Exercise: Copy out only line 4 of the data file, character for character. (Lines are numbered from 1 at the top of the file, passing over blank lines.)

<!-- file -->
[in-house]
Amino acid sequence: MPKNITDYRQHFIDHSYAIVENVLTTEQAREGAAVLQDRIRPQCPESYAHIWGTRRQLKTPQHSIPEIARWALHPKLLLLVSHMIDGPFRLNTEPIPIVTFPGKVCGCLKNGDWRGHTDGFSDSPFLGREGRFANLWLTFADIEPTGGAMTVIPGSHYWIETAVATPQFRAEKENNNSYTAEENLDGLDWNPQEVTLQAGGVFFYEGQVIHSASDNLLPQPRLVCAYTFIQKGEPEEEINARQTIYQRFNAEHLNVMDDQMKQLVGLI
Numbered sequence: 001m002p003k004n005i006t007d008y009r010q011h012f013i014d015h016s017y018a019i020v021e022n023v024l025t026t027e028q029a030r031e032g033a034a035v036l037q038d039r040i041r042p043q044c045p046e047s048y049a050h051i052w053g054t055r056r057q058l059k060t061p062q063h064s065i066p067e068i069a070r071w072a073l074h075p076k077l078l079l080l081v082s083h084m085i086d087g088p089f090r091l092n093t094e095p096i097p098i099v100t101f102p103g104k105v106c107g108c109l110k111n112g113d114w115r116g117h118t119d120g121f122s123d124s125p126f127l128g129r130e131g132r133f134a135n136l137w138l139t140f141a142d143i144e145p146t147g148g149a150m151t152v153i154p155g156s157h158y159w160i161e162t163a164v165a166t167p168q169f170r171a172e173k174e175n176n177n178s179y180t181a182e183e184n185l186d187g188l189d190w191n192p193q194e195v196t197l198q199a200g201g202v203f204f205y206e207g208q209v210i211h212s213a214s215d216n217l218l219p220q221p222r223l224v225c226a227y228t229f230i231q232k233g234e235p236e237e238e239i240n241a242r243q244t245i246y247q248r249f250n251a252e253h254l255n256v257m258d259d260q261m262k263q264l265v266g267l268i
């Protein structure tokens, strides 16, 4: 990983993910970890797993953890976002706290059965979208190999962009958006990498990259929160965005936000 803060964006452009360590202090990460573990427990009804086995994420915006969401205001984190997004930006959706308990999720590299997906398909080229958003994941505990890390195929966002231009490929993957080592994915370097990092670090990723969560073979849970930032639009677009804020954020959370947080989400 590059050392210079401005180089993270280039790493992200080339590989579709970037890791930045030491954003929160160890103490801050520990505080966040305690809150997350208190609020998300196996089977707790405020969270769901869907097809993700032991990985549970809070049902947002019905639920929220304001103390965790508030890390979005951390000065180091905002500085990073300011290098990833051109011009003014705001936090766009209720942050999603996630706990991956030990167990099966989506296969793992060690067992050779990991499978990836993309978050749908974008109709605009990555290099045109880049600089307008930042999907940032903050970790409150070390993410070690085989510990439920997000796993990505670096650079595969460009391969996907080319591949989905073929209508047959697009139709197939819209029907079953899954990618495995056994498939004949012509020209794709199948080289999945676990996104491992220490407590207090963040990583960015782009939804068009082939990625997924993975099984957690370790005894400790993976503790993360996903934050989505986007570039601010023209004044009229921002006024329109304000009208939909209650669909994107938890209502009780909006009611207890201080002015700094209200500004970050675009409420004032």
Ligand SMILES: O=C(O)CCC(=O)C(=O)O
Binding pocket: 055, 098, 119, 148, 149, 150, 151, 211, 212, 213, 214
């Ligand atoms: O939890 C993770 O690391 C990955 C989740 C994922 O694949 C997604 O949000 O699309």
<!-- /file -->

């Protein structure tokens, strides 16, 4: 990983993910970890797993953890976002706290059965979208190999962009958006990498990259929160965005936000 803060964006452009360590202090990460573990427990009804086995994420915006969401205001984190997004930006959706308990999720590299997906398909080229958003994941505990890390195929966002231009490929993957080592994915370097990092670090990723969560073979849970930032639009677009804020954020959370947080989400 590059050392210079401005180089993270280039790493992200080339590989579709970037890791930045030491954003929160160890103490801050520990505080966040305690809150997350208190609020998300196996089977707790405020969270769901869907097809993700032991990985549970809070049902947002019905639920929220304001103390965790508030890390979005951390000065180091905002500085990073300011290098990833051109011009003014705001936090766009209720942050999603996630706990991956030990167990099966989506296969793992060690067992050779990991499978990836993309978050749908974008109709605009990555290099045109880049600089307008930042999907940032903050970790409150070390993410070690085989510990439920997000796993990505670096650079595969460009391969996907080319591949989905073929209508047959697009139709197939819209029907079953899954990618495995056994498939004949012509020209794709199948080289999945676990996104491992220490407590207090963040990583960015782009939804068009082939990625997924993975099984957690370790005894400790993976503790993360996903934050989505986007570039601010023209004044009229921002006024329109304000009208939909209650669909994107938890209502009780909006009611207890201080002015700094209200500004970050675009409420004032």